Laura was nominated by Walsall saddle manufacturers Ideal and WRS who described her as “a bright spark in the industry.”
Find out more about Laura and her career to date in ETN July issue.
How to nominate a saddle fitter
The trade – saddle manufacturers and distributors – are invited to nominate saddle fitters they feel deserve to be named ETN Saddle Fitter of the Month. Candidates must be SMS Qualified Saddle Fitters based in the UK or overseas.
To nominate a saddle fitter (or more than one), email firstname.lastname@example.org and tell us why this person deserves to be put in the spotlight. Please include the saddle fitter’s name and business name too.
2nd July, 2018.
Pet brand joins gardens and barbeques group.
Outdoor and garden company LeisureGrow Products has acquired the business interests of pet product supplier Petface out of administration.
The Petface brand is now based at LeisureGrow Products’ head office in Hinxworth, Hertfordshire, with some key staff being kept on.
“Our focus for the coming weeks and months will be to ensure existing Petface customers receive better service, good availability of stock, and reliable stock delivery,” said Jody Grimmer, managing director of LeisureGrow Products.
“We believe the Petface brand has great potential and this is an opportunity for LeisureGrow to make Petface a success.”
Part of LeisureGrow Holdings, the LeisureGrow Group is a privately owned, family-run British company whose brands include LG Outdoor furniture, Grillstream barbeques, Erin growing media, NOMA Christmas and NOMA Garden Art.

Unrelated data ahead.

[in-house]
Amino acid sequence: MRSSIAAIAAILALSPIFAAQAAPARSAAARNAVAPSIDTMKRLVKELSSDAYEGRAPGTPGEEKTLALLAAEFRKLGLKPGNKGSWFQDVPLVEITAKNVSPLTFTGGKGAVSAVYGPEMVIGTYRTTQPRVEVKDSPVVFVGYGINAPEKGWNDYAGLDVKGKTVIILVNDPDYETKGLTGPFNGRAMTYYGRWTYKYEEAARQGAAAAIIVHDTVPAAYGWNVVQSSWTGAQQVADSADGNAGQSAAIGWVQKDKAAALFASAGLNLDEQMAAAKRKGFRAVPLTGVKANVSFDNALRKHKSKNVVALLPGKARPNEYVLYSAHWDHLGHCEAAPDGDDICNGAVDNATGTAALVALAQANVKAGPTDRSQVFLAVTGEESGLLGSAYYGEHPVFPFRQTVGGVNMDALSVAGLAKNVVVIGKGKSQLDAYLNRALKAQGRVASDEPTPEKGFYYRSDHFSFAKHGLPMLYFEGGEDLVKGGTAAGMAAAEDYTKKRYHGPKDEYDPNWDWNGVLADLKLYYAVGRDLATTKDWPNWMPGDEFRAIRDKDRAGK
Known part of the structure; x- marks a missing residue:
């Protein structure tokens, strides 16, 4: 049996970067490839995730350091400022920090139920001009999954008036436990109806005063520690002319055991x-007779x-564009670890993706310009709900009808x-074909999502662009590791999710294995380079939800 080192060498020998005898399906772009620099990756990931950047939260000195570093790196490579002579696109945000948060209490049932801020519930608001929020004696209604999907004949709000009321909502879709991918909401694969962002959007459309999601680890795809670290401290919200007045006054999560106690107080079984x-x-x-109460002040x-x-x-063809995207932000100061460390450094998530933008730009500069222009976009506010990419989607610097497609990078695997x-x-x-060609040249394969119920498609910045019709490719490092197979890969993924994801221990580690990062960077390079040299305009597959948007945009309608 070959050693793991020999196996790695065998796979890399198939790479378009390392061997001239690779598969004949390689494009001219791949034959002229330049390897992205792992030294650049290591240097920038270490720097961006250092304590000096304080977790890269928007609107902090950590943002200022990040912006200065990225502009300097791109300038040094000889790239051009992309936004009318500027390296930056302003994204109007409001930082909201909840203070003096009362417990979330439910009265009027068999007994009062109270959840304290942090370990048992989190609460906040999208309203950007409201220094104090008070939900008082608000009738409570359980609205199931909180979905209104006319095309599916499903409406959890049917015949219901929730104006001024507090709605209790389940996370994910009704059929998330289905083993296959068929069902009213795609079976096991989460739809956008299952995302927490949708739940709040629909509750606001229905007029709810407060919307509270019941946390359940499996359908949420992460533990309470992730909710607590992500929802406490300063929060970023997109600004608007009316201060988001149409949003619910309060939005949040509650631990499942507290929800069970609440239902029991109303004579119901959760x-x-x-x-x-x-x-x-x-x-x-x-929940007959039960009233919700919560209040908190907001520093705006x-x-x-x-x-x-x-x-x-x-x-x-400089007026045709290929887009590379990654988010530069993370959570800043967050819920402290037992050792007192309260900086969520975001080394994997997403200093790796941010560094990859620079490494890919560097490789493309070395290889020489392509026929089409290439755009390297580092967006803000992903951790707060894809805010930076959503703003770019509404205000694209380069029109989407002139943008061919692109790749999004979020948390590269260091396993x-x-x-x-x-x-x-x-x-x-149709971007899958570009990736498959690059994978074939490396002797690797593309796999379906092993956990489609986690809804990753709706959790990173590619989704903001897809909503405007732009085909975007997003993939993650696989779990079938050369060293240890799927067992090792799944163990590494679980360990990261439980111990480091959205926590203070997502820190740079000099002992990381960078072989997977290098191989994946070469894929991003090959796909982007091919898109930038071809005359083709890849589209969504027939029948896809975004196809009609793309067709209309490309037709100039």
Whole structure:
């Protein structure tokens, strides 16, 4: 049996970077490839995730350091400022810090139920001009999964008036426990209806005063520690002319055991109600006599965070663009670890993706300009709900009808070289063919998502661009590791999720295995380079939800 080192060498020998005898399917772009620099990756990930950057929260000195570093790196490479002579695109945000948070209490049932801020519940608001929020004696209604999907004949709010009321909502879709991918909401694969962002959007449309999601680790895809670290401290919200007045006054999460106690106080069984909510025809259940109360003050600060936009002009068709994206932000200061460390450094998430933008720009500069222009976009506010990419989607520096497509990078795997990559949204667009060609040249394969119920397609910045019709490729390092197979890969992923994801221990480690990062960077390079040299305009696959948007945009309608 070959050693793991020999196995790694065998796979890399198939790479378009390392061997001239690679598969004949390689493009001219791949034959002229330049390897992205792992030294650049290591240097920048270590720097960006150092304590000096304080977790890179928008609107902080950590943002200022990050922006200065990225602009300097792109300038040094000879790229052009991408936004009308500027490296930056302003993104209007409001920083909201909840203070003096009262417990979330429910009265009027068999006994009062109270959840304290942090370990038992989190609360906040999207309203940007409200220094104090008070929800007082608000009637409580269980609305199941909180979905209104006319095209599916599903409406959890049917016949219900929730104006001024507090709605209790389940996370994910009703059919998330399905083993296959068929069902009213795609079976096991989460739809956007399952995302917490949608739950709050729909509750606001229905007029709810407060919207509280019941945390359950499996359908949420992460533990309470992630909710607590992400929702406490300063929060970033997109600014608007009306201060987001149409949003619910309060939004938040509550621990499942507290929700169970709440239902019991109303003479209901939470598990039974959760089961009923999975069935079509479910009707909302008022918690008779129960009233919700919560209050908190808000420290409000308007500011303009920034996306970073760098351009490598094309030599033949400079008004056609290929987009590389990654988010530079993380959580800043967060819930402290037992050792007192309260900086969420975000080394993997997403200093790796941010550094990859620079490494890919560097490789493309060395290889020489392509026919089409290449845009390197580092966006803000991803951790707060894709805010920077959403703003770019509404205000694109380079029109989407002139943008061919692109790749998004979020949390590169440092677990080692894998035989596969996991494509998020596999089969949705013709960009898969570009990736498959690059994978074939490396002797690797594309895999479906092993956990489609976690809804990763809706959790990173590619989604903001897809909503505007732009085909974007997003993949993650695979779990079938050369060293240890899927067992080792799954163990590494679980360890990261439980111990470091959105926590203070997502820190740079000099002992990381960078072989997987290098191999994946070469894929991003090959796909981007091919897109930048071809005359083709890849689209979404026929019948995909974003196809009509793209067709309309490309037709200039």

Petface exhibited at BETA International 2015.
2nd July, 2018.
Recruit is a former sales executive in a car dealership and Pony Club mum.
Equipe saddles’ UK distributor Zebra Products has appointed an Irish sales agent.
Helen Dempsey, from Co Kildare, is to help develop the Amerigo and Equipe brands in Ireland.
Helen was previously a sales executive for her family’s car dealership. She has also worked with international racing yards and the Darley owned Kildangan Stud.
A keen showjumper, Helen is a Horse Sport Ireland (HIS) level 2 coach and committee member for the Kildare branch of the Irish Pony Club.
“I’m really excited to be joining the Zebra team and to be championing the wonderful Amergio and Equipe brands here in Ireland,” said Helen, who lives in Kildangan and has two pony-mad, Pony Clubbing daughters.
“It’s great to welcome Helen to the team,” said Simon Middleton, managing director at Zebra Products. “We recognised the opportunity for Amerigo and Equipe in Ireland and are confident that with Helen’s contacts, knowledge and enthusiasm we’ll see the brand flourish.”